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Samoa

Samoa is naturally beautiful with waterfalls, rain forests, mountains, volcanos and miles of pristine beaches. Samoa is a great place to enjoy some South Pacific peace and quiet as discovered by famous 18th century writers Robert Louis Stevenson and Rupert Brooke.

Samoa is made up of two main islands Upolu and Savaii these two Samoan islands make up around 96% of the total landmass of Samoa.

Samoa has eight smaller islands. Apia is the capital of Samoa and is on the island of Upolu along with the International Airport of Faleolo.

Samoa offers relaxing simple pleasures and friendly people.

The weather in Samoa

Samoa is close to the equator so there is not major seasonal change in temperature. In January temperatures are around 27 degrees Celsius and in June around 26 degrees Celsius. The rainy season is November to March and the dryer season is April to October. During May to November the weather is slightly cooler because of the South East trade winds.

How to get to Samoa

Polynesian Airlines (Samoa's national airline) has six flights a week from Auckland, New Zealand and three each from Wellington and Christchurch, New Zealand.

There are regular domestic services from Fagalii Airport near Apia, to Maota and Asau on the island of Savaii.

Air New Zealand has four flights a week from Auckland, Tuesday via Tonga, Thursday, Friday and Saturday.

Entry into Samoa

Travellers to Samoa do not require an entry visa for stays of up to 30 days. You must have an onward or return ticket and a valid passport for six months or more.

Where to stay in Samoa

Accommodation is of all price range to suit all budgets including backpackers, motels, hotels and resort hotels.

Aggie Grey's hotel became famous for Rand R for American GI's during World War 2. Aggie is considered the mother of Samoan tourism.

Travelling around Samoa

Local buses run regularly around the Samoan islands. Being relaxed there are no timetables but this adds to the budget way of seeing Samoa.

You also have the option of air-conditioned buses. Rental cars are available from the Samoan airports and Apia. A ferry operates daily between Upolu and Savaii.

What to do on the Samoan Islands

Visit Savaii and stay in a fale (open sided house) on the beach, this can also be done on Aleipata. Take an eco-tour on Upolu or Savaii. Climb Mount Vaea early in the morning (45 minutes each way) for great sunrises and a visit to Robert Louis Stevenson's grave.

Visit Villa Vailama, the restored home of Robert Louis Stevenson. Walk around the markets. Grab a margarita at the top bar at Aggie Greys. Walk or Run along the seawall in the morning. All major hotels and resorts have cultural nights, usually on different nights. Check out Samoa' s largest and most beautiful fale at the National University of Samoa. Try horseback riding along the white sand beaches or canoe through the mangroves.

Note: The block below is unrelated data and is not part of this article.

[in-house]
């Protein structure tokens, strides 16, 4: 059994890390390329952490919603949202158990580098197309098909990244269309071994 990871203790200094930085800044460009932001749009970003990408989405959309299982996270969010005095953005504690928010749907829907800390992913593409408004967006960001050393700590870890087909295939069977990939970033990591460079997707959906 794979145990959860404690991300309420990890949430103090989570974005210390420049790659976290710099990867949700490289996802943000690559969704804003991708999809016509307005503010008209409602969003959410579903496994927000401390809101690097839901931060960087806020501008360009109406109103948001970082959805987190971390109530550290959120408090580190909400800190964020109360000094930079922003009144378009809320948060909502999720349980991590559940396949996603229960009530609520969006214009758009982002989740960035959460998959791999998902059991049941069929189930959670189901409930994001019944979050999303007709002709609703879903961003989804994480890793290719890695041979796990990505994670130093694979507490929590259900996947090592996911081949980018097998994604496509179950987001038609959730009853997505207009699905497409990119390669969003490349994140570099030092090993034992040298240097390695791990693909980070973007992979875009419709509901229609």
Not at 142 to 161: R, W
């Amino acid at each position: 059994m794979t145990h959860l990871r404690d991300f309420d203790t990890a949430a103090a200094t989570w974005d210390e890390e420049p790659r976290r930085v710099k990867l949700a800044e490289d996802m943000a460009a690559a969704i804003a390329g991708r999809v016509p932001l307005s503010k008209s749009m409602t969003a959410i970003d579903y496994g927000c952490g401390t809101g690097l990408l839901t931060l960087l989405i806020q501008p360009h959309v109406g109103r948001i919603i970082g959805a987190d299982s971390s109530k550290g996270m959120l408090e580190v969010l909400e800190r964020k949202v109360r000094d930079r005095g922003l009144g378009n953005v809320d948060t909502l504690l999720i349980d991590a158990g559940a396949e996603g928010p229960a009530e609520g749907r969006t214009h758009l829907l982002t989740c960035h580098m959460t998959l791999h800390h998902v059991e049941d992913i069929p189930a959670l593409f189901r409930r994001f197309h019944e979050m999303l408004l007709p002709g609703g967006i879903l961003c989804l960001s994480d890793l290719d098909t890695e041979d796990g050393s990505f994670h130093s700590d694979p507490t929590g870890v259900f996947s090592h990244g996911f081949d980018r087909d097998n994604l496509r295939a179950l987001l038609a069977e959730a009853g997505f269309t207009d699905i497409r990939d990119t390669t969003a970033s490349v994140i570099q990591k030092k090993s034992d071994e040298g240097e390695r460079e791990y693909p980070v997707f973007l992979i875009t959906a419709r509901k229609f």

You can also enjoy some great surfing and windsurfing.

What to eat in Samoa

Samoa has a good range of restaurants, cafes and snack bars offering all sorts of ethnic food. As with the rest of the South Pacific Islands the food is fantastic.

Geography

Samoa, formerly Western Samoa, is in the South Pacific Ocean about 2,200 mi (3,540 km) south of Hawaii. The larger islands in the Samoan chain, Upolu and Savai'i, are mountainous and of volcanic origin. There is little level land except in the coastal areas, where most cultivation takes place.

Government

Constitutional monarchy under a native chief.

History

Polynesians, possibly from Tonga, first settled in the Samoan islands about 1000 B.C. Samoa was explored by Dutch and French traders in the 18th century. Toward the end of the 19th century, conflicting interests of the U.S., Britain, and Germany resulted in an 1899 treaty that recognized the paramount interests of the U.S. in those islands west of 171░W (American Samoa) and Germany's interests in the other islands (Western Samoa).

New Zealand seized Western Samoa from Germany in 1914, and in 1946 it became a UN trust territory administered by New Zealand. A resistance movement to both German and New Zealand rule, known as the Mau ('strongly held view') movement, helped to edge the islands toward independence on Jan. 1, 1962. A constitutional monarchy, Samoa has a legislative assembly whose members are from the matai, or titled class.

Barraged regularly by cyclones that have wreaked havoc on the country's primarily agrarian economy, Samoa has begun stepping up its tourism industryŚnot such a difficult undertaking in this archetypal South Pacific paradise.

A referendum in 1990 gave most women the right to vote for the first time. In 1997, a new constitutional amendment changed the country's name to Samoa. In 2002, the prime minister of New Zealand apologized to Samoa for the injustices that occurred under New Zealand rule.

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